The nuclear envelope is much more than a simple barrier between nucleoplasm and cytoplasm. Nuclear envelope bridging complexes are protein complexes spanning both the inner and outer nuclear envelope membranes, thus directly connecting the cytoplasm with the nucleoplasm. In metazoans, they are involved in connecting the cytoskeleton with the nucleoskeleton, and act as anchoring platforms at the nuclear envelope for the positioning and moving of both nuclei and chromosomes. Recently, nucleocytoplasmic bridging complexes have also been identified in more evolutionarily diverse organisms, including land plants. Here, I discuss similarities and differences among and between eukaryotic supergroups, specifically of the proteins forming the cytoplasmic surface of these complexes. I am proposing a structure and function for a hypothetical ancestral nucleocytoplasmic bridging complex in the last eukaryotic common ancestor, with the goal to stimulate research in more diverse emerging model organisms.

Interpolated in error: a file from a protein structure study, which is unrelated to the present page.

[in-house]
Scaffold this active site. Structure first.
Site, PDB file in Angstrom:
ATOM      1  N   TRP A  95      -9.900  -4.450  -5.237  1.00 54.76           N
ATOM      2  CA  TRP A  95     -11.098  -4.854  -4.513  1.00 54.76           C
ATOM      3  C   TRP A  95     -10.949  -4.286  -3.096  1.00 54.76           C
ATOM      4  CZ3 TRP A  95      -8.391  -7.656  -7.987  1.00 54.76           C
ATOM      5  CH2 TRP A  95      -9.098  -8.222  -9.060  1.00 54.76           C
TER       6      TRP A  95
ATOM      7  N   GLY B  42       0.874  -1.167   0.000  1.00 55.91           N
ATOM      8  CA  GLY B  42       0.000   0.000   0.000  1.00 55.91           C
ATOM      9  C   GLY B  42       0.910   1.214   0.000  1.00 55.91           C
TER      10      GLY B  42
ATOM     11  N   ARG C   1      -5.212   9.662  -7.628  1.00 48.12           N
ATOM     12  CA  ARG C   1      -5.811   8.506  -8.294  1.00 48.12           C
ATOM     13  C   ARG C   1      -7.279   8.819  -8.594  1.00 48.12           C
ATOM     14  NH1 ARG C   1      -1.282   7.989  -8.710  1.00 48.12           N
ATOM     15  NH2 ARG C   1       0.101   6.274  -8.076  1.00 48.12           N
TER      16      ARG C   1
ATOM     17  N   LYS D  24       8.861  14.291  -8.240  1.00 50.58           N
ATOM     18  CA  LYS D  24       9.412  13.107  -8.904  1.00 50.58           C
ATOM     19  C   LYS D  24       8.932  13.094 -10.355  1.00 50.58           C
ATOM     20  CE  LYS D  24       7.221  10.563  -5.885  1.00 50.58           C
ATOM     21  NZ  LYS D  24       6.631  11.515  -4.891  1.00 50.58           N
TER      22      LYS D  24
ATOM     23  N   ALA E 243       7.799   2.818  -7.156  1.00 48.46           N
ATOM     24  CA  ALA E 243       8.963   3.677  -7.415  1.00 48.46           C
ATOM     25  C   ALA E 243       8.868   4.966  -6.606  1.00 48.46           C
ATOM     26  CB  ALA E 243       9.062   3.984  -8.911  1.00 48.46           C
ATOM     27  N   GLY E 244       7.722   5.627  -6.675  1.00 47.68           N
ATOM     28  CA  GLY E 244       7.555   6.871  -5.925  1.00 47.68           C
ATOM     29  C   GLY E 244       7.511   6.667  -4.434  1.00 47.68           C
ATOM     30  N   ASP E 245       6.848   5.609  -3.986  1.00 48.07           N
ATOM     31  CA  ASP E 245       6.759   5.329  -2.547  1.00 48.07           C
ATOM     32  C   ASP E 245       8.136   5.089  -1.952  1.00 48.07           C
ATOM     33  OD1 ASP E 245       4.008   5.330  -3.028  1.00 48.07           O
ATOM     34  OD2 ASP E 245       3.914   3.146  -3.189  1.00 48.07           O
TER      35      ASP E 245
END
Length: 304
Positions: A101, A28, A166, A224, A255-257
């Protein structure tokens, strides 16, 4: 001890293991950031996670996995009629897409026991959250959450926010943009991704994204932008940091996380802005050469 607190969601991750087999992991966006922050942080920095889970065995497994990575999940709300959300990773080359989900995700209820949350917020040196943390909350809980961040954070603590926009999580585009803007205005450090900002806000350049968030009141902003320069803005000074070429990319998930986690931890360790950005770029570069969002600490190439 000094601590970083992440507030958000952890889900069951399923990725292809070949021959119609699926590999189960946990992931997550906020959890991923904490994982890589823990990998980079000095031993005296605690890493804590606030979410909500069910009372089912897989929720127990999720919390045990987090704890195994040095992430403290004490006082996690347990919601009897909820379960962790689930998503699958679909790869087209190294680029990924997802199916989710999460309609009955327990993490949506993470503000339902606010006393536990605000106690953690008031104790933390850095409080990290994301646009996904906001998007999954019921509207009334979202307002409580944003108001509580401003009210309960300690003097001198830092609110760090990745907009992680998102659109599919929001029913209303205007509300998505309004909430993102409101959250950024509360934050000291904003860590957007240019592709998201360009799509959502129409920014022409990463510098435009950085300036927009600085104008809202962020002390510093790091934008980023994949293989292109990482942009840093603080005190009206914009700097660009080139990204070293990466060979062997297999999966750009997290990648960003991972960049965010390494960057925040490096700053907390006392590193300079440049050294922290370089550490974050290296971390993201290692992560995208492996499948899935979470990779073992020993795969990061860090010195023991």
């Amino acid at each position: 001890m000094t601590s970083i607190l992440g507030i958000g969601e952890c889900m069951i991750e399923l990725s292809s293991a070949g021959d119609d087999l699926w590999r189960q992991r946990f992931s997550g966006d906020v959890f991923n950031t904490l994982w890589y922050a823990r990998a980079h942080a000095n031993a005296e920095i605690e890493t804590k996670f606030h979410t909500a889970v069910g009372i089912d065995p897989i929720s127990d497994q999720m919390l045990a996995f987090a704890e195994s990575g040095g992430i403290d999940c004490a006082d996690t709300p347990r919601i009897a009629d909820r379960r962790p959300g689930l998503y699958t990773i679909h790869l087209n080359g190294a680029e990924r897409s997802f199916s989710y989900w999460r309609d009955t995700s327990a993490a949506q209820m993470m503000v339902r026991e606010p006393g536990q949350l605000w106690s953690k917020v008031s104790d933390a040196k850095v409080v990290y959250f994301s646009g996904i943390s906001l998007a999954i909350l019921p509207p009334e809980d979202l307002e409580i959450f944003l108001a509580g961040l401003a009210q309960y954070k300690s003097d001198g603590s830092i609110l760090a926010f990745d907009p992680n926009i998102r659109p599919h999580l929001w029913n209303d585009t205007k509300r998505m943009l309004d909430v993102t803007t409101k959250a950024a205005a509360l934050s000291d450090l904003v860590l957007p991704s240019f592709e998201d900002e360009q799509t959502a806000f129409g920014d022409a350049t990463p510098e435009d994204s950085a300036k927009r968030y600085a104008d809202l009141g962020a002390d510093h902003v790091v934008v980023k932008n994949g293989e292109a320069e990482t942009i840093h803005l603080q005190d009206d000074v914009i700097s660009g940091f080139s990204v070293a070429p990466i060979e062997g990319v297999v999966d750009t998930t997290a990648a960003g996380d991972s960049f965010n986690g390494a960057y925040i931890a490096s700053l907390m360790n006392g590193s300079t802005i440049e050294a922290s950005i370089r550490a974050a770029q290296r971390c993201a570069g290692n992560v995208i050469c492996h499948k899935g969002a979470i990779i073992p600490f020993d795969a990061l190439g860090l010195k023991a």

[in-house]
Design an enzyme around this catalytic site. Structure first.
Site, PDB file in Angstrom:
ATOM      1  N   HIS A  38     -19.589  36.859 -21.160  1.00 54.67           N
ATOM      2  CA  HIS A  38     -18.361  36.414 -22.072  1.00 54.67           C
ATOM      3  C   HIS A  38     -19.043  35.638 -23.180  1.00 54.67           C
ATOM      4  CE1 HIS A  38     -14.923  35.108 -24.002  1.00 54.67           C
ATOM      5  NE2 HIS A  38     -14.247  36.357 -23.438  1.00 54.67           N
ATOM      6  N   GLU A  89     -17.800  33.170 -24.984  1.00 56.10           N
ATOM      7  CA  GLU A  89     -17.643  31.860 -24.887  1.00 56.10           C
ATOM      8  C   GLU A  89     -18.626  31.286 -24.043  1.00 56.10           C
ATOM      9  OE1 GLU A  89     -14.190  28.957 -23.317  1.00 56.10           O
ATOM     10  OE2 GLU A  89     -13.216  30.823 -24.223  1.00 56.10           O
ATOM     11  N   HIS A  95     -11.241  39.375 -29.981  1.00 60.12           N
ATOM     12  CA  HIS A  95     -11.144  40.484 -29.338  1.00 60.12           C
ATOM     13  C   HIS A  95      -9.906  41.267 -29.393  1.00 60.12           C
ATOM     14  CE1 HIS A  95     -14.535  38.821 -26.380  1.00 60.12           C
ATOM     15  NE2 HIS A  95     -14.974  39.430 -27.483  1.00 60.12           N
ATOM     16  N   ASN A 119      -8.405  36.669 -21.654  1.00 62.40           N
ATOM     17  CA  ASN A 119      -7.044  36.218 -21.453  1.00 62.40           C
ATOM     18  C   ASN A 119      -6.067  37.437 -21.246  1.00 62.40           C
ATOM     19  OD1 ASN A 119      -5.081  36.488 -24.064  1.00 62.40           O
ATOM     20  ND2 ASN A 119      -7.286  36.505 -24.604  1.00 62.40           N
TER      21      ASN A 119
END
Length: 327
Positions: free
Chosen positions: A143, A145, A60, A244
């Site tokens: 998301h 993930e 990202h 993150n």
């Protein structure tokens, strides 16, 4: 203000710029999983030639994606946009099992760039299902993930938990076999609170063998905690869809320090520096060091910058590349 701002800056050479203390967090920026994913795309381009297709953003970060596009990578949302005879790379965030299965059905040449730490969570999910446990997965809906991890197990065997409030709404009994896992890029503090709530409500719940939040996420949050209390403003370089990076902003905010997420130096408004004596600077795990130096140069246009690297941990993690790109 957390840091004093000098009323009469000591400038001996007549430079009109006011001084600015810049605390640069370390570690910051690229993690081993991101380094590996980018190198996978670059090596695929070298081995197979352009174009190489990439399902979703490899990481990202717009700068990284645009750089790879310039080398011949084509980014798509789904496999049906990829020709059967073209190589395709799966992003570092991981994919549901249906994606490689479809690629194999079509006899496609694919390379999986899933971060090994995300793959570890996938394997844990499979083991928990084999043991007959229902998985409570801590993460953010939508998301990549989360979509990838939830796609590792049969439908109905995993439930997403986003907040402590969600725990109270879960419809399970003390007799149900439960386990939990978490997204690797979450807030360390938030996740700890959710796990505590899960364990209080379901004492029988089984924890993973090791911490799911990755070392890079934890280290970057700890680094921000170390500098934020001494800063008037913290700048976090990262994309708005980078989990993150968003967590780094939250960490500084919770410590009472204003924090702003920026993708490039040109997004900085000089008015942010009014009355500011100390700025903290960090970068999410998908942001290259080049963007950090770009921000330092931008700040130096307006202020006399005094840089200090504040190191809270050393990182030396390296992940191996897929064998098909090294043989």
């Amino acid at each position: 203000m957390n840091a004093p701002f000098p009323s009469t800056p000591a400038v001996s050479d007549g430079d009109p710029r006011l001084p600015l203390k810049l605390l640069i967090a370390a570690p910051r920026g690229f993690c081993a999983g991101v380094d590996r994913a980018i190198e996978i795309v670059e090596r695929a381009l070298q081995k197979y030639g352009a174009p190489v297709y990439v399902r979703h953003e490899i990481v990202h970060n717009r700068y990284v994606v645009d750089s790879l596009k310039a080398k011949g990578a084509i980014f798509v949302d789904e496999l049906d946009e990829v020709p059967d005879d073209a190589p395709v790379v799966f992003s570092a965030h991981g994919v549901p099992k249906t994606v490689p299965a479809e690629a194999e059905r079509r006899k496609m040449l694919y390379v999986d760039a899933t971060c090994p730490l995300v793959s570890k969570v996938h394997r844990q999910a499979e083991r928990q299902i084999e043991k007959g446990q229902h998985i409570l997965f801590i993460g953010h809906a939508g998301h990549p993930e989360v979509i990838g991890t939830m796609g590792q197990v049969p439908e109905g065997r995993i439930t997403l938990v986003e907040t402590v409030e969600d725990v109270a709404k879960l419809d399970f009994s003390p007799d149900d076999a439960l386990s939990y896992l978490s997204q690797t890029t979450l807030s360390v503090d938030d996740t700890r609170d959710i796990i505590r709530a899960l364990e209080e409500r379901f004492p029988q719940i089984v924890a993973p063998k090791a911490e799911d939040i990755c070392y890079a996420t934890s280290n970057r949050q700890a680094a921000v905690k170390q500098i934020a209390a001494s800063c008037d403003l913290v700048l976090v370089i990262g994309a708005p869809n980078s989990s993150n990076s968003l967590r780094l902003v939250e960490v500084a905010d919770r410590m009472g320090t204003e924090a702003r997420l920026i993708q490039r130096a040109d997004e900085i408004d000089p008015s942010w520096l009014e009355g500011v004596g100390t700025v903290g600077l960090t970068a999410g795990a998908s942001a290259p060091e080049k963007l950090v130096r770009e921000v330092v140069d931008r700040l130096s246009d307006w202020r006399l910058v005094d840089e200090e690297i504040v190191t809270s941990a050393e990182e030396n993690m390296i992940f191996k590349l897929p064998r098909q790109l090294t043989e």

I declare no competing or financial interests.
Research in this area in my laboratory is funded by grants from the National Science Foundation [grant numbers MCB-1243844, MCB-1613501].
- © 2016. Published by The Company of Biologists Ltd